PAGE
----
Throughout the record, it’s these kind of sun-dappled scenes that inform a great deal of its emotional palette. A paean to how quickly life can change, first single ‘Run Run Run’ is – ironically, perhaps – an invocation to slow down, a reminder that some truths are borne from stillness. “It’s much easier to move fast to have the illusion of renewal,” Fabrizio explains, “It’s much harder to stand still and read what our own soul has to tell us; the answer is deep down where motion will only make it fuzzier and unclear.”
Musically, Lights feels like a bold step out. Still driven by Fabrizio’s rich voice and acoustic guitar, many of the songs here are undeniably full-band affairs. Sometimes it’s a step away from the hushed whisper of earlier material – ‘KV’ is “a rock’n’roll song about love, sex and betrayal” that sounds built to fill larger venues – though sometimes the instrumentation serves to build emotion in the album’s more intimate corners.
‘Eileen’ is just such a song, lyrically traversing the space between love and vulnerability (“Eileen, you’ve got your hands around my throat, so be careful what you do now…”). For the songwriter, it’s an elegy to the power of free choice. “There’s a beautiful metaphor by an ancient Bengali poet: love is like an elephant who wants to be tied to a stake through a thin silk string. It can escape anytime it wants with no effort, but he doesn’t do it. It chooses the bond, and yet, it’s free.” Moreover, the track features one of the album’s more prominent use of synths in the recording process, marking Lights as perhaps the artist’s most sonically expansive record to date.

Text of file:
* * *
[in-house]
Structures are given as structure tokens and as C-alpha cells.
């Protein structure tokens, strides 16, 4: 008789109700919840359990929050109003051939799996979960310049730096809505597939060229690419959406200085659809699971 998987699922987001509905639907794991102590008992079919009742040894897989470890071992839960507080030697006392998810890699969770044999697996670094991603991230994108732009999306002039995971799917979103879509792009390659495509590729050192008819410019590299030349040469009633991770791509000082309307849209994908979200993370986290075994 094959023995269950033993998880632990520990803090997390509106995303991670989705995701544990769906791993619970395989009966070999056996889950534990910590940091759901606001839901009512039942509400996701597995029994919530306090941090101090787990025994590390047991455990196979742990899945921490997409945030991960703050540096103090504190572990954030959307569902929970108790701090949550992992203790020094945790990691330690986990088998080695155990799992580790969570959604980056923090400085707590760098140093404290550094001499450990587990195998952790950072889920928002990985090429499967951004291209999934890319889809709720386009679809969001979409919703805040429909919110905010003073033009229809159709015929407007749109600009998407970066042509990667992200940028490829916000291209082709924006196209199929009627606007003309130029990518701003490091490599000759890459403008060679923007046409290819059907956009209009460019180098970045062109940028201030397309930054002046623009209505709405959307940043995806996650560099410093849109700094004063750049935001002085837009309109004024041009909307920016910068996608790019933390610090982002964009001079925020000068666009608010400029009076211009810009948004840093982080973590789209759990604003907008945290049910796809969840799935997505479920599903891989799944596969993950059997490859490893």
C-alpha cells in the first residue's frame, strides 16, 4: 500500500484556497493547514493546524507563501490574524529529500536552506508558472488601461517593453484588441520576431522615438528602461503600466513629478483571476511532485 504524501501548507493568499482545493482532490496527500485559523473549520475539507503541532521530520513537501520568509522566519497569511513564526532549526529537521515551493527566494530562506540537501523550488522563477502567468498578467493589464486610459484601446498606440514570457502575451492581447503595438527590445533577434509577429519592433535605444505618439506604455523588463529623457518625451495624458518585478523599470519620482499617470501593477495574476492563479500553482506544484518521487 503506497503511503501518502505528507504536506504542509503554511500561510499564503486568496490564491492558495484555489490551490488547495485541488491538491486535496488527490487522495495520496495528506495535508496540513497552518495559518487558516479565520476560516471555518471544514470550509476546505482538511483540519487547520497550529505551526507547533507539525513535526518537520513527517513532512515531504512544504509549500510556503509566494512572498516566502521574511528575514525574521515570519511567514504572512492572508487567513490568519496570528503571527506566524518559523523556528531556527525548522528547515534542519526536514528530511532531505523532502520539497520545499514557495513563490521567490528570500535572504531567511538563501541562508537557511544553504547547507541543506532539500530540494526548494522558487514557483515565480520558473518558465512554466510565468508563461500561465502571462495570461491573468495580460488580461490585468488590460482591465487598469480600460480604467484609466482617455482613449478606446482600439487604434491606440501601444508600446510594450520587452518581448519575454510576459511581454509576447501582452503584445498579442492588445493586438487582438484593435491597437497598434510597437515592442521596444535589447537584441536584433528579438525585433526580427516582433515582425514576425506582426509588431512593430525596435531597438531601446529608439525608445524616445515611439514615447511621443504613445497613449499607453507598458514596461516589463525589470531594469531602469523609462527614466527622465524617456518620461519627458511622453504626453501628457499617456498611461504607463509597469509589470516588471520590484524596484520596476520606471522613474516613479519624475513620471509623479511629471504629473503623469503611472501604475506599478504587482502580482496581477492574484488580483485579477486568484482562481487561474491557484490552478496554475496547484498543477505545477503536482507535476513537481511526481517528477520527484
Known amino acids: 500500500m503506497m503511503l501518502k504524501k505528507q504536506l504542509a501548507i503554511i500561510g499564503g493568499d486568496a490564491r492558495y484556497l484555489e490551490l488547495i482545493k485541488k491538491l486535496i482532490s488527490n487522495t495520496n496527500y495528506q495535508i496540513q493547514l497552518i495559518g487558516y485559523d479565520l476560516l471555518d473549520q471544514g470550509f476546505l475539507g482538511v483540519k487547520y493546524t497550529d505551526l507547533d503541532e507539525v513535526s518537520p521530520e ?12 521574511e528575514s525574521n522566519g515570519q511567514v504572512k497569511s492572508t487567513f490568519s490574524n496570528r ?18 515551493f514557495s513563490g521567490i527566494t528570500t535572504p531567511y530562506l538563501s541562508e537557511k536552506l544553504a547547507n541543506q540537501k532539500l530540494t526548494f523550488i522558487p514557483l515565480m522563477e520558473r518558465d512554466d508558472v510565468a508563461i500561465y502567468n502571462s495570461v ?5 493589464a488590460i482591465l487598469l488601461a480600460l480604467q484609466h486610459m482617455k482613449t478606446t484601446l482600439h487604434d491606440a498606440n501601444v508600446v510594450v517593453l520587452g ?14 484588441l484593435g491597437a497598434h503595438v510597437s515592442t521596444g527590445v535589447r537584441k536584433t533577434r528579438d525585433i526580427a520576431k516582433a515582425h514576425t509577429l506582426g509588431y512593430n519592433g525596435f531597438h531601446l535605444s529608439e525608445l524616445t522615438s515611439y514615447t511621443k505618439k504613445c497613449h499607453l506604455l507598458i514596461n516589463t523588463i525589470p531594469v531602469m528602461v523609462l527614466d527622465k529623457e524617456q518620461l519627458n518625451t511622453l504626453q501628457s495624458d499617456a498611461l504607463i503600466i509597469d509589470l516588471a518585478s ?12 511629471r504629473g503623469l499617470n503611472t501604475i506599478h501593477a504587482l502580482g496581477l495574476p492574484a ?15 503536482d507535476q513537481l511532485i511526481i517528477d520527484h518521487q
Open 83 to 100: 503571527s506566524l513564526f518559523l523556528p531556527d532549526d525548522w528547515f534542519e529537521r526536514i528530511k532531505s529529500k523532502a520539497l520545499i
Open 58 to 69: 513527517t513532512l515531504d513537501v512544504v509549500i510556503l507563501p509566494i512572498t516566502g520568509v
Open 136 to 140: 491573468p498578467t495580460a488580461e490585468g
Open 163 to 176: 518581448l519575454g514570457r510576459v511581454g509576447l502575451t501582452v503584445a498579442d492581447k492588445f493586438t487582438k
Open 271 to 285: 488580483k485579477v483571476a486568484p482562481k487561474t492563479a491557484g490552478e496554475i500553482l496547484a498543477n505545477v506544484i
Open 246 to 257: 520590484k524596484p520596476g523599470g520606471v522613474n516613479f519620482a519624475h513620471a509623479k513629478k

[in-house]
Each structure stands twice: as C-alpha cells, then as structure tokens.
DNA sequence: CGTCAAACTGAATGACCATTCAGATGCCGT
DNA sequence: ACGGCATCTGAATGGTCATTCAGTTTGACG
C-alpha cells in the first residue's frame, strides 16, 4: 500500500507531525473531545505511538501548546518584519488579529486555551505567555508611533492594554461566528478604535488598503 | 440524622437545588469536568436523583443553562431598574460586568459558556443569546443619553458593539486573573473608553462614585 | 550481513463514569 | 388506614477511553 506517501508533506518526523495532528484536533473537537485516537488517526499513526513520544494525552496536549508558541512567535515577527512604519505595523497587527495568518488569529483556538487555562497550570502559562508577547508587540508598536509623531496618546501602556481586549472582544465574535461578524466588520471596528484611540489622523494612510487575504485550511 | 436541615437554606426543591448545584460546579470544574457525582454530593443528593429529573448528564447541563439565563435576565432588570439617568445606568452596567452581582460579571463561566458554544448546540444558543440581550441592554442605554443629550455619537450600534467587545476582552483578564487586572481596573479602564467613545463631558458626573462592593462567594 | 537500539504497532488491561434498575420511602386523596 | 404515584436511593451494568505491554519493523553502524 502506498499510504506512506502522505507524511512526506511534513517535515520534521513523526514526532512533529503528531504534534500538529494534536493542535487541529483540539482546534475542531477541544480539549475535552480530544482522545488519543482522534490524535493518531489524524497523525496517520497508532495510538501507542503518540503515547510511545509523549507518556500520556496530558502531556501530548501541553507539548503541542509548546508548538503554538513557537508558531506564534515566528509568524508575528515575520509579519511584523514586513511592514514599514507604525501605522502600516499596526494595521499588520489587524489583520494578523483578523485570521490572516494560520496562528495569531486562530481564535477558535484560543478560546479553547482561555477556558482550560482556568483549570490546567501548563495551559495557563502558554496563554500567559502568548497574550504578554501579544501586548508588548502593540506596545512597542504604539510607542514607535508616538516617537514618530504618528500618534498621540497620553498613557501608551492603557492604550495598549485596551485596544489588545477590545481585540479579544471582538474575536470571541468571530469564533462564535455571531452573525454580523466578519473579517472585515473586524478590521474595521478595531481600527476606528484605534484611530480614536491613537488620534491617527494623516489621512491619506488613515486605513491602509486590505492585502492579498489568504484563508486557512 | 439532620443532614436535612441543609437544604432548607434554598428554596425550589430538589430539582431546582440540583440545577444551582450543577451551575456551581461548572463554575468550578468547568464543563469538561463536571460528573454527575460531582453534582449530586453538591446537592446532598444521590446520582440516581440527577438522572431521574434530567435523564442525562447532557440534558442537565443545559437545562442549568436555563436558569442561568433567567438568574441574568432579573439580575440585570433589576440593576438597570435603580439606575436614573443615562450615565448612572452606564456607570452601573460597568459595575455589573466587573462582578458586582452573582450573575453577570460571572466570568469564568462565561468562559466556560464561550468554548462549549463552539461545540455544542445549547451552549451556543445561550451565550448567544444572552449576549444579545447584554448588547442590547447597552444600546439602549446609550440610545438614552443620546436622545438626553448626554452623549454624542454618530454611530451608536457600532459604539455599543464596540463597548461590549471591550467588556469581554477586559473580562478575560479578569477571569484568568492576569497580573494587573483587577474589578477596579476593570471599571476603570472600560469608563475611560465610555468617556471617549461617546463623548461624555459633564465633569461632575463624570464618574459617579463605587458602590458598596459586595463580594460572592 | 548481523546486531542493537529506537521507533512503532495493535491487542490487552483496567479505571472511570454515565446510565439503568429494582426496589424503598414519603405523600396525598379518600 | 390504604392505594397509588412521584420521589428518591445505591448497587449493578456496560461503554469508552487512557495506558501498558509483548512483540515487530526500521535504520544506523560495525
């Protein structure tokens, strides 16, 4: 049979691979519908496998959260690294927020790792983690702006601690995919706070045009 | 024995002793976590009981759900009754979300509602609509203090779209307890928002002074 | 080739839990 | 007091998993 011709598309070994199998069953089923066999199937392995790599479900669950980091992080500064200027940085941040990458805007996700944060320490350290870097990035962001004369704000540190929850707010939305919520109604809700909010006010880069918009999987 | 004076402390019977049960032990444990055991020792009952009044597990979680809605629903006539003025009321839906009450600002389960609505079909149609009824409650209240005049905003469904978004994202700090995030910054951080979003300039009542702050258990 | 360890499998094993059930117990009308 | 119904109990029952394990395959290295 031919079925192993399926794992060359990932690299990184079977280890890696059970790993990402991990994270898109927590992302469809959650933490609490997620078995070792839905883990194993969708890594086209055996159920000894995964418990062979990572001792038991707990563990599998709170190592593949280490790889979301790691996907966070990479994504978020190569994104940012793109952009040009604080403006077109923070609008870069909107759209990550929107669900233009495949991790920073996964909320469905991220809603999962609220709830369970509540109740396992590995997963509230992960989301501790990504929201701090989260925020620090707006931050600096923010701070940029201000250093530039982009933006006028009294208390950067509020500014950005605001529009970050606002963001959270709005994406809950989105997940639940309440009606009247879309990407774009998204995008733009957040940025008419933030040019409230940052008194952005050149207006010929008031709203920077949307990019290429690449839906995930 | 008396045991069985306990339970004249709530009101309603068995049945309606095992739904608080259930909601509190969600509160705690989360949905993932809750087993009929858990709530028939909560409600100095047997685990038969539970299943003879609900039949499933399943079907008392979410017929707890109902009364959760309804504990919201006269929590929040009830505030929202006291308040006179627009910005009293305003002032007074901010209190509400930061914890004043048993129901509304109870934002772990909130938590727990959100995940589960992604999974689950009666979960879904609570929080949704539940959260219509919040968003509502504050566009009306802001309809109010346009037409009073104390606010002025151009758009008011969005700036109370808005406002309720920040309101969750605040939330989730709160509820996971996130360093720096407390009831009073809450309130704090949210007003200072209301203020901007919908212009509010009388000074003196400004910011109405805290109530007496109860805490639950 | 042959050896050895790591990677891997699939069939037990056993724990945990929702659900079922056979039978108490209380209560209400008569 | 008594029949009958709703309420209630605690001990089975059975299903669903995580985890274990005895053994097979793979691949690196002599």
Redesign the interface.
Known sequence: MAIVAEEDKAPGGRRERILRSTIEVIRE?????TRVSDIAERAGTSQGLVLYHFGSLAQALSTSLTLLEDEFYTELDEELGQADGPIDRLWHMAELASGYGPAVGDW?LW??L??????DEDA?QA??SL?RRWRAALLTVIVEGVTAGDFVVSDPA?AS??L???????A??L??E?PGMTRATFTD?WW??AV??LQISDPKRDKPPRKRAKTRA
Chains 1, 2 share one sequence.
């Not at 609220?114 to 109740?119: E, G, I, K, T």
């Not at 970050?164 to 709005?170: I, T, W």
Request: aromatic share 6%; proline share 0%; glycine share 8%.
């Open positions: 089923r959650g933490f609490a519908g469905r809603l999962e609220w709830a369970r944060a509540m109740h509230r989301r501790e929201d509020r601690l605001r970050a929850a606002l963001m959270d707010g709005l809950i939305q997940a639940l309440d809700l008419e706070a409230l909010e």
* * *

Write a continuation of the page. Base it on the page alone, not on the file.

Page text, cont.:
In his professional life, Fabrizio had been gathering more love than ever. Of Shadows had been released in a Deluxe Version featuring live recordings with Berlin Choir Cantus Domus. 2017 and ‘18 had seen the artist perform headline shows, dazzle at SXSW and The Great Escape, and support artists such as Emilìana Torrini, Lucinda Williams, and This Is The Kit. A few weeks prior to recording ‘Timbuktu’ that summer, Damien Rice had called Fabrizio on stage to perform Sicilian classic ‘Mi votu e mi rivotu’ by Rosa Balistreri.
Fabrizio’s love of traditional folk and musical classics remains strong, and bleeds into his own music more than ever; ‘All Is Brighter’ certainly showcases his passion for flamenco, while ‘Cassiopea’ features for the first time a chorus sung in Italian. Inspired by his performance with Damien Rice, the Sicilian also cites his experience recording Un Mondo Raro: “It was my fellow songwriter Dimartino and myself taking my all-time favourite Mexican icon Chavela Vargas’ repertoire into Italian, and making a theatre-play and book about her life.”
Despite the tumultuous journey that carried the album into the world, Lights remains an abundantly hopeful record. “There’s not a single depressive moment in the album,” Fabrizio says, looking out across the Mediterranean Sea. “It overflows with will to live, renewal and the joy of giving birth to a dancing star within oneself… It’s a merciless sentence against selfishness, falsehood and individualism, and an elegy for the concept of ‘union’.” It’s the story of Fabrizio Cammarata, and as vibrantly alive and in love with the world as the artist himself.